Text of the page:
Setting Up the GCHP Environment

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  1. Hardware and Software Requirements
  2. Downloading Source Code and Data Directories
  3. Obtaining a Run Directory
  4. Setting Up the GCHP Environment
  5. Compiling
  6. Running GCHP: Basics
  7. Running GCHP: Configuration
  8. Output Data
  9. Developing GCHP
  10. Run Configuration Files


Create an Environment File

You must load all necessary libraries and export certain environment variables before compiling GCHP. The GCHP environment is different from GEOS-Chem Classic and is often considered the largest obstacle to getting GCHP up and running for the first time. We have tried to make setting libraries and variables as automatic as possible to minimize problems. However, libraries will always be specific to your local compute cluster which presents challenges for compatibility. We recommend simplifying the environment setup process by customizing a GCHP-specific environment file that works on your system and saving it for future work.

Sample environment files are included in the run directory, several for the Harvard University Odyssey cluster and one for a more generic Linux system. These are located in the environmentFileSamples subdirectory. You can use these to develop one compatible with your system. Each sample environment file is customized for a specific combination of Fortran compiler, MPI implementation, netCDF libraries, and compute cluster. For clarity we recommend using the naming format gchp.compiler_mpi_cluster.env. For example, gchp.ifort17_openmpi3_computecanada.env. We recommend opening several of the sample environment files and getting familiar with the environment variables set.

An example of environment variables needed for GCHP are as follows:

Gchp Env.png

System memory limits and stack size should be set to unlimited to avoid memory problems. Such problems would manifest as sudden termination upon file read or a segmentation fault during advection. You can find out what you system limits are by typing the following at the command prompt:

ulimit -a

You will see something like this:

core file size          (blocks, -c) unlimited
data seg size           (kbytes, -d) unlimited
scheduling priority             (-e) 0
file size               (blocks, -f) unlimited
pending signals                 (-i) 1030083
max locked memory       (kbytes, -l) unlimited
max memory size         (kbytes, -m) unlimited
open files                      (-n) 100000
pipe size            (512 bytes, -p) 8
POSIX message queues     (bytes, -q) 819200
real-time priority              (-r) 0
stack size              (kbytes, -s) unlimited
cpu time               (seconds, -t) unlimited
max user processes              (-u) 4096
virtual memory          (kbytes, -v) unlimited
file locks                      (-x) unlimited

All example environment files for GCHP explicitly set several of these to unlimited. If you run into a memory issue be sure to check your limits against the list above to see if anything may be limiting your run. Our current recommendations are as follows:

ulimit -c unlimited              # coredumpsize
ulimit -l unlimited              # memorylocked
ulimit -u 50000                  # maxproc
ulimit -v unlimited              # vmemoryuse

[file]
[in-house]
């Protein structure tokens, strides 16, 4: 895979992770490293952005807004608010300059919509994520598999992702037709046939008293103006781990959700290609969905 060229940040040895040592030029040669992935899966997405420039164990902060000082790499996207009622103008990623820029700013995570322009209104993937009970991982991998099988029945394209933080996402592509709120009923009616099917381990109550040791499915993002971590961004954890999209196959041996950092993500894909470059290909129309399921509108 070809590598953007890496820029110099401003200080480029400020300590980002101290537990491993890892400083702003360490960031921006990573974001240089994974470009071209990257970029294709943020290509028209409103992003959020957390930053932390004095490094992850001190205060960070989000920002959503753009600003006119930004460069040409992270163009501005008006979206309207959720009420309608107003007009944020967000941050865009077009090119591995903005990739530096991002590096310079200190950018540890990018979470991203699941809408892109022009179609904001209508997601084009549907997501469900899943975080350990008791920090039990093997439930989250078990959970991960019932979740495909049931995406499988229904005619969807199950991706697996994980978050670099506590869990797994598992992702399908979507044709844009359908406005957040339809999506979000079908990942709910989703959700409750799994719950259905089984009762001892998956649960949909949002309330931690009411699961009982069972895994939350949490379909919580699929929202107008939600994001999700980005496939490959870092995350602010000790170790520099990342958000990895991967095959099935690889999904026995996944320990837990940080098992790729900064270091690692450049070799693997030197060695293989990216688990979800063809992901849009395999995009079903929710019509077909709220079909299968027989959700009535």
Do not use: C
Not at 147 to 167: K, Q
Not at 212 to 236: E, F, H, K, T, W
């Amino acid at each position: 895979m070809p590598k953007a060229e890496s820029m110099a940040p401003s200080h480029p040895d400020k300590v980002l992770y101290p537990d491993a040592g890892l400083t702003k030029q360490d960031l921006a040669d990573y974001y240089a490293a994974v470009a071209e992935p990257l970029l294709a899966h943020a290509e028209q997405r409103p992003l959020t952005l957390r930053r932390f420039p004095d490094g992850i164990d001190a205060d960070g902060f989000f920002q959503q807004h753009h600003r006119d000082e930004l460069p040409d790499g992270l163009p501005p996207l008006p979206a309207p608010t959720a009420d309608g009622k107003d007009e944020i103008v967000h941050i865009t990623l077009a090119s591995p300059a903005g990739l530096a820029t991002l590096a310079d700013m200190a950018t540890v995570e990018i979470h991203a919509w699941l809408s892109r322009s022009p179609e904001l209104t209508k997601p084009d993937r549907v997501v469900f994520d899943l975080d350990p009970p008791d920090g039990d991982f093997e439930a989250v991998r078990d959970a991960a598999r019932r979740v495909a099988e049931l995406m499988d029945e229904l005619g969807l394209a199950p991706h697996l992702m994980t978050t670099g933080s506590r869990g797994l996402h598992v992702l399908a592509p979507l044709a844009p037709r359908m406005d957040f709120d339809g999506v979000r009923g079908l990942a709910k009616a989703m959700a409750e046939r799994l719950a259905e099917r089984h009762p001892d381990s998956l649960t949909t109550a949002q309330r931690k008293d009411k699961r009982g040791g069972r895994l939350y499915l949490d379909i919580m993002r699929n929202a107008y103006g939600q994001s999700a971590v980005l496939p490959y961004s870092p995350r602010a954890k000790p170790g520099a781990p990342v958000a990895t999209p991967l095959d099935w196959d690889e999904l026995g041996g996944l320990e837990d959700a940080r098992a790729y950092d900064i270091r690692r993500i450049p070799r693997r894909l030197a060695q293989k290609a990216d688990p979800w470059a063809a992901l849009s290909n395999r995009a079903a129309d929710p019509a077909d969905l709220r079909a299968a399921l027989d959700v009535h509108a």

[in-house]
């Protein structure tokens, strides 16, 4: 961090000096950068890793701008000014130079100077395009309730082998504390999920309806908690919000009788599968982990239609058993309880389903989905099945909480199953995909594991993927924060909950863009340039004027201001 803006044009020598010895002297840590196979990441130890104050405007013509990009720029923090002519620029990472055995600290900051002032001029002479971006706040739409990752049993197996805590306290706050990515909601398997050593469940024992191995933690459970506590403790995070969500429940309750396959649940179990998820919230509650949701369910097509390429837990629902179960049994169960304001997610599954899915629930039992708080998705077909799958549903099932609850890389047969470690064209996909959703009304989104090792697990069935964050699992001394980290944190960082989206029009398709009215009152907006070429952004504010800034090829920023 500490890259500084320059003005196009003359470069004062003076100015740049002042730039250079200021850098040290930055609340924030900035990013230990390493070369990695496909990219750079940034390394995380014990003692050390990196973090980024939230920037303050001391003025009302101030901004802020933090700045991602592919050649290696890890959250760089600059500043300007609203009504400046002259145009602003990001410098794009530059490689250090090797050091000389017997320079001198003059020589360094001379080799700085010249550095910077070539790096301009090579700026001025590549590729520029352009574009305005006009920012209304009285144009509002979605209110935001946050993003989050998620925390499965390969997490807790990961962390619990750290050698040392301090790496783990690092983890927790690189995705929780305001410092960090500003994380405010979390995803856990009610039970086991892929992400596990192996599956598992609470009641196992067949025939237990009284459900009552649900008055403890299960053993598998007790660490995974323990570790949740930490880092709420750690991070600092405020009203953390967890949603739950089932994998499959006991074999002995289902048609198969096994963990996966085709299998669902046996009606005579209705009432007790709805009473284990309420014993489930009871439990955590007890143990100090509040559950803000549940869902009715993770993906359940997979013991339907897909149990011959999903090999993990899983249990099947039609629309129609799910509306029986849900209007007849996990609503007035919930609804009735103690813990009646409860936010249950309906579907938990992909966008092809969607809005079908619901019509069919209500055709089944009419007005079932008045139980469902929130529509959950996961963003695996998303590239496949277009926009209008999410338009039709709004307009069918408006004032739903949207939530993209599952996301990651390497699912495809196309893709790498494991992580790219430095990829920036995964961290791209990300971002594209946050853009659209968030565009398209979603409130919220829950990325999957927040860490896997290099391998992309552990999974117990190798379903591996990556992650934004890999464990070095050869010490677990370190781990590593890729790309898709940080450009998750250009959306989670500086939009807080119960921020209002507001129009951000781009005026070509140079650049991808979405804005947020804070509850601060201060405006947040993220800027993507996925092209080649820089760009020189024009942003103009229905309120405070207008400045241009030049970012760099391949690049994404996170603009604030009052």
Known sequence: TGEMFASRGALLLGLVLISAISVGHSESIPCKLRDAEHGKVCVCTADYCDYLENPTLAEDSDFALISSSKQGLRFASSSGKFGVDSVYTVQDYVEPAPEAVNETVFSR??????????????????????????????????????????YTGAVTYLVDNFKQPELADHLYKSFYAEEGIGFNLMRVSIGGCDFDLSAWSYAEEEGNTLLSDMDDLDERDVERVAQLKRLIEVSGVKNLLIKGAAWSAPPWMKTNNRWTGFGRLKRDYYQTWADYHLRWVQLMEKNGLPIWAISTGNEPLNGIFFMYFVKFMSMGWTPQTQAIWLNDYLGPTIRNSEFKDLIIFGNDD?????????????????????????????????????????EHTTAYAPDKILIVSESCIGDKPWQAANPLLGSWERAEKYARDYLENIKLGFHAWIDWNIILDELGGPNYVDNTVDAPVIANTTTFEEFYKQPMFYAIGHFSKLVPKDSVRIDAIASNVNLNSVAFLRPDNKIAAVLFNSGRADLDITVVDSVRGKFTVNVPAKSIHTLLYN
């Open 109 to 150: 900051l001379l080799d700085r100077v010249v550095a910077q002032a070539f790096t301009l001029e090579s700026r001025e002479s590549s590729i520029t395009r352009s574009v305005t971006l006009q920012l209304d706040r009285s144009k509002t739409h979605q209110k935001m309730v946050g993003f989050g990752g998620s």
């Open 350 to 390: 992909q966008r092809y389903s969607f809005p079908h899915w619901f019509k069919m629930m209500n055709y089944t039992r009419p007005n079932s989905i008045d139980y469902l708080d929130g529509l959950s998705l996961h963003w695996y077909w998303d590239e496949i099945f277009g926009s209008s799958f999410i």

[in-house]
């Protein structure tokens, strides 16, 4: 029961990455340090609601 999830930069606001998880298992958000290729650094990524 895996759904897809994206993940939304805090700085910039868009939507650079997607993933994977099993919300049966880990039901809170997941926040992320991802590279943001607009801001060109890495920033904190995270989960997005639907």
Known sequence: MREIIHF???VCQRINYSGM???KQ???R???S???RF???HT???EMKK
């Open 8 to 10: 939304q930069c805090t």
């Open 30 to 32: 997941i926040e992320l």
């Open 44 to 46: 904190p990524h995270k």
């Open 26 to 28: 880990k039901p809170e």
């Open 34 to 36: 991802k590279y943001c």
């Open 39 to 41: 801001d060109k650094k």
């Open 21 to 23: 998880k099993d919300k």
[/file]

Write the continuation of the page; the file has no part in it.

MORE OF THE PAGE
ulimit -s unlimited              # stacksize

Expanding MPI Options (Advanced)

GCHP is compatible with MPICH, OpenMPI, and MVAPICH2 MPI implementations. However, you may want to use a different implementation, possibly out of necessity. To do this, follow the steps below.

  1. Specify environment variable ESMF_COMM to match the MPI implementation. Options are currently in place for MVAPICH2 (ESMF_COMM=mvapich2), OpenMPI (ESMF_COMM=openmpi), and a generic MPI implementation. (ESMF_COMM=mpi). The generic option is sufficient when, for example, running with the SGI MPI implementation on NASA's Pleiades servers. If you are using a new MPI implementation not covered by one of these options, we recommend running first with ESMF_COMM=mpi.
  2. Specify the environment variable MPI_ROOT to point to the MPI root directory, such that $MPI_ROOT/bin/mpirun points to the correct MPI run binary.
  3. Ensure that you have valid mpif90 and mpifort executables. These almost always perform the same role but both names are invoked in the build sequence. If you have one but not the other, we strongly recommend that you make a symbolic link to the working binary with the name of the missing binary in a dedicated folder, and then add that folder to your path at the command line and in your .bashrc. For example, if you have a mpifort binary but not an mpif90 binary, run the following commands:
mkdir $HOME/mpi_extra
cd $HOME/mpi_extra
ln -s $( which mpifort ) mpif90
export PATH=${PATH}:${HOME}/mpi_extra

You should now try to compile GCHP. If the generic option does not work then you will need to implement a new option. This involves updating GCHP source code. An example of how to do this for Intel MPI is as follows:

  1. Decide a new name, such as ESMF_COMM=intel for the Intel MPI implementation.
  2. Determine the relevant include path and linker commands for your MPI implementation. In this example for Intel MPI they are $(MPI_ROOT)/include and -L$(MPI_ROOT)/lib -lmpi -lmpi++ respectively.
  3. Update source code files CodeDir/GCHP/GIGC.mk and CodeDir/GCHP/Shared/Config/ESMA_base.mk. In both files, search for environment variable ESMF_COMM in the file. You should find a small set of occurrences in a single "if..else.." block. Add a new clause below the one for mvapich2 as follows.

In GIGC.mk:

else ifeq ($(ESMF_COMM),intel)
   # %%%%% Intel MPI %%%%%
   MPI_LIB     := -L$(MPI_ROOT)/lib -lmpi -lmpi++

In ESMA_base.mk:

else ifeq ($(ESMF_COMM),intel)
   INC_MPI := $(MPI_ROOT)/include
   LIB_MPI := -L$(MPI_ROOT)/lib -lmpi -lmpi++

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